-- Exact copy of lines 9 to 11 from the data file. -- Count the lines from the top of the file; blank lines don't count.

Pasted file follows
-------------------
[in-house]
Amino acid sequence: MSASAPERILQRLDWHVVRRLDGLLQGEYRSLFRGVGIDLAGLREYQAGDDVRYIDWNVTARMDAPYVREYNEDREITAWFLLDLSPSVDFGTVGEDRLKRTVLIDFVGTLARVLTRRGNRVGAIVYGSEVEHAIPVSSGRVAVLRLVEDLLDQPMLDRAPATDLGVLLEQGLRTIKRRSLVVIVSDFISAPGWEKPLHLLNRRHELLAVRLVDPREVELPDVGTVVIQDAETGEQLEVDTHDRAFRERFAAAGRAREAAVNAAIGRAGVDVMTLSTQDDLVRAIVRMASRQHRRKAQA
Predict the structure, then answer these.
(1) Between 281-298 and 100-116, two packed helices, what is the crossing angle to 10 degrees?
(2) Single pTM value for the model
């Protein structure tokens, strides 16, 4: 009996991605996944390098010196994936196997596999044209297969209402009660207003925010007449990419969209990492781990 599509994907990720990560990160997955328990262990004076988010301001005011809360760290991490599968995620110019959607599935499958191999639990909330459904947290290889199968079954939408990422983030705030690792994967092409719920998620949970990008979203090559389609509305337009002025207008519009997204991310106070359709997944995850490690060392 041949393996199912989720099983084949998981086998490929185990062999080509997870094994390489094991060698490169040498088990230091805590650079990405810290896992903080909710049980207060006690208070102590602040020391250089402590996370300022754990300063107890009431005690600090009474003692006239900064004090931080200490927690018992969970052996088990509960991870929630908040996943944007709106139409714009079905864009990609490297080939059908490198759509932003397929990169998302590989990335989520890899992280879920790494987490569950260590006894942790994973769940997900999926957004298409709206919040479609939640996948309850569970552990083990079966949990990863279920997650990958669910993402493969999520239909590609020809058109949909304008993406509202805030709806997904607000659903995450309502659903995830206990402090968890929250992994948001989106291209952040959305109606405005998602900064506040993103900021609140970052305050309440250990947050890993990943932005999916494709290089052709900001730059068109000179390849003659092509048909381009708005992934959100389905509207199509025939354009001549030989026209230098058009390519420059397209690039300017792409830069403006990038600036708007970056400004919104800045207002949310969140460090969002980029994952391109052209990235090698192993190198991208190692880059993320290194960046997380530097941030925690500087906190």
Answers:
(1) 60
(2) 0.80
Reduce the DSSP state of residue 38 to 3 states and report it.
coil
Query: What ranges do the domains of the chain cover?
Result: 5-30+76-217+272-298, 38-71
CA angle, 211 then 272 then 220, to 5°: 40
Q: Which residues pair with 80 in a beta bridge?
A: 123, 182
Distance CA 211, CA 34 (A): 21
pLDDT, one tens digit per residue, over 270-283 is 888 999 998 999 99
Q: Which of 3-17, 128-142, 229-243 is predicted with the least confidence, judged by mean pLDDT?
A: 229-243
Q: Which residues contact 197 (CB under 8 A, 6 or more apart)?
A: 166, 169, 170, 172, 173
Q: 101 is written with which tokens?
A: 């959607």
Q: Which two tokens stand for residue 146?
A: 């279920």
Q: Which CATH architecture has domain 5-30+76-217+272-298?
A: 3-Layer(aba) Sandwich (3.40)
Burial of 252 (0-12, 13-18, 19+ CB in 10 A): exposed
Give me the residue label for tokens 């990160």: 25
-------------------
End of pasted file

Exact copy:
(2) 0.80
Reduce the DSSP state of residue 38 to 3 states and report it.
coil